So why have all these emotions and memories suddenly dawned on me? I mean, I had this all neatly packed away with stuff that doesn’t need dusting or shaking-out. On Sunday, we were driving along the beach front and I am not too sure what sparked this thought or what made me ask it. But I asked Darren if he thought I would ever see my dad again. He replied with a “no, I don’t think so.”
Wait… What… Let that sink in.
I mean, deep down, I expected that. But hearing it from someone else, it hit me hard. Hard enough to steam up my sunglasses and swallow back years of emotions. Can you imagine not ever seeing your dad again, not for any other reason than he doesn’t want to. He won’t even get to meet the centre of my universe, my son, or the man who has changed my entire life, my husband. He won’t ever know what it is that makes me happy, what my dreams and wishes are for the future – he won’t know anything more than my name and how many birthdays he has missed.
Truth is, it’s not okay. It’s not okay for you to turn your back on your children, and it’s not okay to think that by not having any involvement in their life, you’re doing them some sort of favour. They don’t want you there? You fight harder to be there. You’ve done wrong? Don’t let it define you, work at it, to prove that you are not that person. But don’t… don’t ever give up. Because I can tell you from your child’s perspective, there is nothing worse than feeling like your parent, who is meant to see more in you than you could ever imagine, just gives up on you and forgets you. Children need their parents, all of them! I thank my lucky stars for my step-dad, Luis, and I am exceptionally grateful for my mom. But just because I have amazing parents, doesn’t fill the gap that my father left. I try so hard not to have expectations of people, to avoid being hurt and disappointed. But really, it shouldn’t be an expectation, it should just be done. You should make the effort to be part of your children’s life – no matter how hard they fight back.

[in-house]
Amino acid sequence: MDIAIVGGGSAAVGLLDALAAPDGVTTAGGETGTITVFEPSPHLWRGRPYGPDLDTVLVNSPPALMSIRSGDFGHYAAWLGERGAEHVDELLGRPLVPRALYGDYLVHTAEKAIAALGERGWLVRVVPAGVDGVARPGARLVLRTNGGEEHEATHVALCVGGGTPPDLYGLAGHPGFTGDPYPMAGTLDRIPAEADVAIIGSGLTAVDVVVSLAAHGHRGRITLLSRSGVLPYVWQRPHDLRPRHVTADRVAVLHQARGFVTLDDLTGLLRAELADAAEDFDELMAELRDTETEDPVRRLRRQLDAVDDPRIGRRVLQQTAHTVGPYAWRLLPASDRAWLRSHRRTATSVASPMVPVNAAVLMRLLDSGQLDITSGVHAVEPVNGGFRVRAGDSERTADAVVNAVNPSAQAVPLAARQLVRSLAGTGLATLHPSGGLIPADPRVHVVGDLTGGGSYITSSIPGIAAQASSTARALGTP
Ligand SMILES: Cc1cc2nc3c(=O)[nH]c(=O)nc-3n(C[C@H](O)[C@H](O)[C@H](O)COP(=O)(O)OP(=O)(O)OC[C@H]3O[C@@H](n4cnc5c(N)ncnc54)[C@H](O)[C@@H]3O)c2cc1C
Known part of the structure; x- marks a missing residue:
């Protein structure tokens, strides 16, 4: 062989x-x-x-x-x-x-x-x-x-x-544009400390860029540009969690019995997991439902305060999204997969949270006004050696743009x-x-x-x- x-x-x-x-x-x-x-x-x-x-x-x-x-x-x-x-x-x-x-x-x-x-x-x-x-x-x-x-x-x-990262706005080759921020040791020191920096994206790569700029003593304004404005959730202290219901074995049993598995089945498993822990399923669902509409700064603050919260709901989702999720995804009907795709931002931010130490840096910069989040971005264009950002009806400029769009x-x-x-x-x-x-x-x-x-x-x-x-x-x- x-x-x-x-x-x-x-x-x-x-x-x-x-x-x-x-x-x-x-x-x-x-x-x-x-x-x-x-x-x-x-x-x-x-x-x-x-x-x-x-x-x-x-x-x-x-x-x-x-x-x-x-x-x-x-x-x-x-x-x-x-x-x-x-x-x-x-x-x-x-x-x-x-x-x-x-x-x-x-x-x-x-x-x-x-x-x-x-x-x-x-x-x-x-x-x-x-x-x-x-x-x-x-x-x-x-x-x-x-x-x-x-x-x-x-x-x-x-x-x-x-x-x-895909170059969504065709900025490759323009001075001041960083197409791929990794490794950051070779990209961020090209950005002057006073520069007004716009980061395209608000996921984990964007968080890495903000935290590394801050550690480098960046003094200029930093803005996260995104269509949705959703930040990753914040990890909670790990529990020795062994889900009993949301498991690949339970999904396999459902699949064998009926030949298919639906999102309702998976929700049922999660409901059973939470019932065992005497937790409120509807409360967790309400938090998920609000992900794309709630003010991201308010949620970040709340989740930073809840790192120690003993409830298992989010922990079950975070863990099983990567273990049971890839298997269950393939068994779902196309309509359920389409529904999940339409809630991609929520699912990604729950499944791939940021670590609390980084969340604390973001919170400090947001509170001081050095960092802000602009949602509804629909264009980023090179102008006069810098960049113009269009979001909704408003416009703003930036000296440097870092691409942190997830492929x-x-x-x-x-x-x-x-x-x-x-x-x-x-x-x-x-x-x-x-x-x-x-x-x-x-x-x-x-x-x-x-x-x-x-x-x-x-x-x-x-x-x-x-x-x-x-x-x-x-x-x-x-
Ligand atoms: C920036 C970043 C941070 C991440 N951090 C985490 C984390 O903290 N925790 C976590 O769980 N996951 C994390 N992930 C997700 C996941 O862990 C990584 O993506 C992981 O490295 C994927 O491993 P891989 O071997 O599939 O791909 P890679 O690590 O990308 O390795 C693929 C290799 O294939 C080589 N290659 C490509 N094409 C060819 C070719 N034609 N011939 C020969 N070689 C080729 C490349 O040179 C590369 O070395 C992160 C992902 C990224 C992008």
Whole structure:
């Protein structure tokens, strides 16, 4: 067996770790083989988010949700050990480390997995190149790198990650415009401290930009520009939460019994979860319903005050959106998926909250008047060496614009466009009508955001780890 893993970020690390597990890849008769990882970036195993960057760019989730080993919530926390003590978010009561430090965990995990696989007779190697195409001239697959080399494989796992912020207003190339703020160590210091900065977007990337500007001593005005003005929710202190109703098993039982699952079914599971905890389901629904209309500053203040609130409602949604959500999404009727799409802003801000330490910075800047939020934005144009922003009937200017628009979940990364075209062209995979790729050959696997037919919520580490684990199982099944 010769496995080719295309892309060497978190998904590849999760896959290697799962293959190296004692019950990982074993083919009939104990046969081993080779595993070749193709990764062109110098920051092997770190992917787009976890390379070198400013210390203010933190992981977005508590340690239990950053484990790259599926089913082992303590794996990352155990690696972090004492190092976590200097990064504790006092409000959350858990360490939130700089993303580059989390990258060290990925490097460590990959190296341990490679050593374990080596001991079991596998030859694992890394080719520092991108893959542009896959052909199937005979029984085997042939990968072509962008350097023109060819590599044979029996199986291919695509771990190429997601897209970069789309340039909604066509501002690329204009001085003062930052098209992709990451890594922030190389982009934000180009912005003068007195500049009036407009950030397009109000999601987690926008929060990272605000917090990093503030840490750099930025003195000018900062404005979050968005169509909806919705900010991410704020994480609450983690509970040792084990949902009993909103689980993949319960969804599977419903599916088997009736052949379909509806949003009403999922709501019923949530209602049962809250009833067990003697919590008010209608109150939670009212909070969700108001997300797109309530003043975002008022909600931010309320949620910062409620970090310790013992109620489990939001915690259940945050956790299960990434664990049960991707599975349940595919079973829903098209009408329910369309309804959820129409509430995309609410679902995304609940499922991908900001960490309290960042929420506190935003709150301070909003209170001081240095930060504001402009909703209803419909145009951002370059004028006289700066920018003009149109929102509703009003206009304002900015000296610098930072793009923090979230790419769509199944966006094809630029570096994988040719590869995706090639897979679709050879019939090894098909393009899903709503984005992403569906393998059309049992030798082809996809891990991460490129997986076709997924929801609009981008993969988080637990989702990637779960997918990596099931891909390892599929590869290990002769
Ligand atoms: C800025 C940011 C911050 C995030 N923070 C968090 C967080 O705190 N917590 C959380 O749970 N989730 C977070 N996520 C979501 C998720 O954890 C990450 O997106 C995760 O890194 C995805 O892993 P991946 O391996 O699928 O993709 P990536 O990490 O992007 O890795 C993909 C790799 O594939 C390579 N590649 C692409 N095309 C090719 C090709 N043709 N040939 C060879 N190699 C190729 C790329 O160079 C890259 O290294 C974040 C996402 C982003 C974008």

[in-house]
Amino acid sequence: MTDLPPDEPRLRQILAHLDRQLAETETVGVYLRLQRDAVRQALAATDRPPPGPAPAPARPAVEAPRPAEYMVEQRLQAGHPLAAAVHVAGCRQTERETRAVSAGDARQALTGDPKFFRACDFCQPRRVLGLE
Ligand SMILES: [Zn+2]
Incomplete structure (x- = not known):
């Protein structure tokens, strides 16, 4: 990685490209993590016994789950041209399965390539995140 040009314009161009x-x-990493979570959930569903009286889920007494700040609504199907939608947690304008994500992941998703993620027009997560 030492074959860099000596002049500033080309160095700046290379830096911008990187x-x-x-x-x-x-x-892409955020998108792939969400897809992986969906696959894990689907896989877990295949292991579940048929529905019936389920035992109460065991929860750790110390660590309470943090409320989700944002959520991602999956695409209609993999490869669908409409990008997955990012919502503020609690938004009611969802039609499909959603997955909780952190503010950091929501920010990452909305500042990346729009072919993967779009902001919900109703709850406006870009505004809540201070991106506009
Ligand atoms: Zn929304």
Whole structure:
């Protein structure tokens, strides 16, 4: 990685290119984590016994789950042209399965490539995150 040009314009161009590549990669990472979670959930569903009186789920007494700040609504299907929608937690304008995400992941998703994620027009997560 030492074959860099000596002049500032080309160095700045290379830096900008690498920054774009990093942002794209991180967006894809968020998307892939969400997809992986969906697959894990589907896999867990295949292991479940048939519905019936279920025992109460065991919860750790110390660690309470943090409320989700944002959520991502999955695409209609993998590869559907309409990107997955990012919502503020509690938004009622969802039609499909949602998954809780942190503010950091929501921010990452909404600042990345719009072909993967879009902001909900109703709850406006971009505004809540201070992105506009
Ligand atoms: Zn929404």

It’s not okay. But I will be okay.
So to the parents who are divorced, never put your children in the situation where they feel they have to choose. It is said a thousand times and although you may not do it intentionally, I look back at both the divorces that I have seen my mom through and in both cases, there has been a point where I have felt the need to choose. And don’t ever feel that your role as a parent ends with signing on the dotted line. When you decided to have children, whether in a moment of passion or out of love and dedication to a partner, with the idea of always being each other’s significant other. You owe that responsibility to your children, to be there, to fight for them, to not expect them to put the effort in to be your child, but for you to put in the time, patience and effort into being their parent.
Divorce is one ugly hell-hole, but that doesn’t mean you have to take your children down it too.